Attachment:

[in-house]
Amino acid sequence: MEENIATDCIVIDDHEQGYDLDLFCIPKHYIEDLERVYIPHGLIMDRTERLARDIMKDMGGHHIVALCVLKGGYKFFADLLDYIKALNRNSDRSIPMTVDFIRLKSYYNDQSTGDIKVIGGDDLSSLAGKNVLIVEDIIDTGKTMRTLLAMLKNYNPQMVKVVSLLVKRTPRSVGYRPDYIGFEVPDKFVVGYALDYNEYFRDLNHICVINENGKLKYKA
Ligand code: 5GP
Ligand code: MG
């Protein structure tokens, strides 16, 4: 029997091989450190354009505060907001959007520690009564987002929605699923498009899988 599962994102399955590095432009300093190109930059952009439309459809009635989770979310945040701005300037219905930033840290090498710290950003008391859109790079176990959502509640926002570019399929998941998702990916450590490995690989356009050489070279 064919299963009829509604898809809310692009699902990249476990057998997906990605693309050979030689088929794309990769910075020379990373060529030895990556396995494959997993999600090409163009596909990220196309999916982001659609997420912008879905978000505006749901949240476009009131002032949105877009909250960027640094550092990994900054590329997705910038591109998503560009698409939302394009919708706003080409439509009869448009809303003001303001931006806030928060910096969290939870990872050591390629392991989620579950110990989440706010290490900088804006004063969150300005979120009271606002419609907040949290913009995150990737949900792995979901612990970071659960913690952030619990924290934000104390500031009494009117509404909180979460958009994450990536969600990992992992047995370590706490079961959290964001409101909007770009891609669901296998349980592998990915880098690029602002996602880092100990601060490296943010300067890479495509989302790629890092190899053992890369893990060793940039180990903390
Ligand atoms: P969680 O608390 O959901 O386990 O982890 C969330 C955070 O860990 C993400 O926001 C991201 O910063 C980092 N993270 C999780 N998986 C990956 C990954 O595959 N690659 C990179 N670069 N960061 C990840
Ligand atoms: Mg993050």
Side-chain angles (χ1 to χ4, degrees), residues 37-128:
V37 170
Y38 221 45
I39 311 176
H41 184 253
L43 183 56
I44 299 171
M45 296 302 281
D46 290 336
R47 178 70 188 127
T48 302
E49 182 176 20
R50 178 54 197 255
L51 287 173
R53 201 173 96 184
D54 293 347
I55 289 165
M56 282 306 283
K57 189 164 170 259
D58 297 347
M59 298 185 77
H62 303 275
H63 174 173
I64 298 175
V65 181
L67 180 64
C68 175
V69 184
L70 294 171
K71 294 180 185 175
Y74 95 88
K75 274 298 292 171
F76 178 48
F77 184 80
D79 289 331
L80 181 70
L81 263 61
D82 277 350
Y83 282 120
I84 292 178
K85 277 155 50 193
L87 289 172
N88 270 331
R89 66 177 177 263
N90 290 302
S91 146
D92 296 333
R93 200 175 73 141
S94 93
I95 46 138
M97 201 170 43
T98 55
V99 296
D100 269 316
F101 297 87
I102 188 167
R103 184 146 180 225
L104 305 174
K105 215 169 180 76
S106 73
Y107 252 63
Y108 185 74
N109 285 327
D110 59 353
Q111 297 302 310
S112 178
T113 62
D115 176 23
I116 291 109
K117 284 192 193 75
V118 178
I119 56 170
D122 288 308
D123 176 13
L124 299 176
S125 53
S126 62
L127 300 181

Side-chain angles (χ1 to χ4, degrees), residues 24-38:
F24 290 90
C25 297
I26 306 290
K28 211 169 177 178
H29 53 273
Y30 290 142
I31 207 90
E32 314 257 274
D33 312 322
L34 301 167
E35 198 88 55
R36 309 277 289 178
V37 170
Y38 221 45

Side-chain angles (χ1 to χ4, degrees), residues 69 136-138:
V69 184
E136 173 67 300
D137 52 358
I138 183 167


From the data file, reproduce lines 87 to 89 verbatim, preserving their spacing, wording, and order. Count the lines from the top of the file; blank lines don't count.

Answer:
F24 290 90
C25 297
I26 306 290